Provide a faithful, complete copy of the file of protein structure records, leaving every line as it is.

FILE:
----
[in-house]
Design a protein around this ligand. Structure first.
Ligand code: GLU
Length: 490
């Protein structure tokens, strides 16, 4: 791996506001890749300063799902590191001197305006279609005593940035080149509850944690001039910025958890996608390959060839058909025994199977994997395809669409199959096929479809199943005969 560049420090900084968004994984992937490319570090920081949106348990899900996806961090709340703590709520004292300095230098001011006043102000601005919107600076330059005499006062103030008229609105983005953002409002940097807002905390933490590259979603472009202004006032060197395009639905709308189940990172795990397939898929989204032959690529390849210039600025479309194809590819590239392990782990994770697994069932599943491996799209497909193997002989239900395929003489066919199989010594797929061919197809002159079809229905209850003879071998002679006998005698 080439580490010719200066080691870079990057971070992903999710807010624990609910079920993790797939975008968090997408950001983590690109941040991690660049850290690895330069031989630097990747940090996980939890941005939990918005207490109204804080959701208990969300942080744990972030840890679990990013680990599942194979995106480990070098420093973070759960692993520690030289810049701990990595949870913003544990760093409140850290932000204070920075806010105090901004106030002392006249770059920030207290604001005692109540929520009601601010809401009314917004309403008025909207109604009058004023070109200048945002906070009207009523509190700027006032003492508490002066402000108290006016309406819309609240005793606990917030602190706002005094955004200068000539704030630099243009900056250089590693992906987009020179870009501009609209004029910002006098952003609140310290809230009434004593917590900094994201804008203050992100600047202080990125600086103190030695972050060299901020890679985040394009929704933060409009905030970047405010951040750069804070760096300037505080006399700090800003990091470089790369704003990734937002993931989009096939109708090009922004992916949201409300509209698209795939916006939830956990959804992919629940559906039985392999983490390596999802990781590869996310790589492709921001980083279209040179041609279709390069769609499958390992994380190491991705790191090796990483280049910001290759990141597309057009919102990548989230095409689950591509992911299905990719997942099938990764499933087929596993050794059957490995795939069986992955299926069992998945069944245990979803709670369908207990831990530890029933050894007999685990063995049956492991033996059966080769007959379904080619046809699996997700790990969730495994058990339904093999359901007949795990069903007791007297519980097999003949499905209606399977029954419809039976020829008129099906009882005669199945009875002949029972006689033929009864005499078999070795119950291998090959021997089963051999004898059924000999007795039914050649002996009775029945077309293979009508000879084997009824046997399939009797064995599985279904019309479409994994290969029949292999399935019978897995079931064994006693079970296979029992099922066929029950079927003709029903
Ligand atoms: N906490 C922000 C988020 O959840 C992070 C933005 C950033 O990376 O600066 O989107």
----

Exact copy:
[in-house]
Design a protein around this ligand. Structure first.
Ligand code: GLU
Length: 490
């Protein structure tokens, strides 16, 4: 791996506001890749300063799902590191001197305006279609005593940035080149509850944690001039910025958890996608390959060839058909025994199977994997395809669409199959096929479809199943005969 560049420090900084968004994984992937490319570090920081949106348990899900996806961090709340703590709520004292300095230098001011006043102000601005919107600076330059005499006062103030008229609105983005953002409002940097807002905390933490590259979603472009202004006032060197395009639905709308189940990172795990397939898929989204032959690529390849210039600025479309194809590819590239392990782990994770697994069932599943491996799209497909193997002989239900395929003489066919199989010594797929061919197809002159079809229905209850003879071998002679006998005698 080439580490010719200066080691870079990057971070992903999710807010624990609910079920993790797939975008968090997408950001983590690109941040991690660049850290690895330069031989630097990747940090996980939890941005939990918005207490109204804080959701208990969300942080744990972030840890679990990013680990599942194979995106480990070098420093973070759960692993520690030289810049701990990595949870913003544990760093409140850290932000204070920075806010105090901004106030002392006249770059920030207290604001005692109540929520009601601010809401009314917004309403008025909207109604009058004023070109200048945002906070009207009523509190700027006032003492508490002066402000108290006016309406819309609240005793606990917030602190706002005094955004200068000539704030630099243009900056250089590693992906987009020179870009501009609209004029910002006098952003609140310290809230009434004593917590900094994201804008203050992100600047202080990125600086103190030695972050060299901020890679985040394009929704933060409009905030970047405010951040750069804070760096300037505080006399700090800003990091470089790369704003990734937002993931989009096939109708090009922004992916949201409300509209698209795939916006939830956990959804992919629940559906039985392999983490390596999802990781590869996310790589492709921001980083279209040179041609279709390069769609499958390992994380190491991705790191090796990483280049910001290759990141597309057009919102990548989230095409689950591509992911299905990719997942099938990764499933087929596993050794059957490995795939069986992955299926069992998945069944245990979803709670369908207990831990530890029933050894007999685990063995049956492991033996059966080769007959379904080619046809699996997700790990969730495994058990339904093999359901007949795990069903007791007297519980097999003949499905209606399977029954419809039976020829008129099906009882005669199945009875002949029972006689033929009864005499078999070795119950291998090959021997089963051999004898059924000999007795039914050649002996009775029945077309293979009508000879084997009824046997399939009797064995599985279904019309479409994994290969029949292999399935019978897995079931064994006693079970296979029992099922066929029950079927003709029903
Ligand atoms: N906490 C922000 C988020 O959840 C992070 C933005 C950033 O990376 O600066 O989107």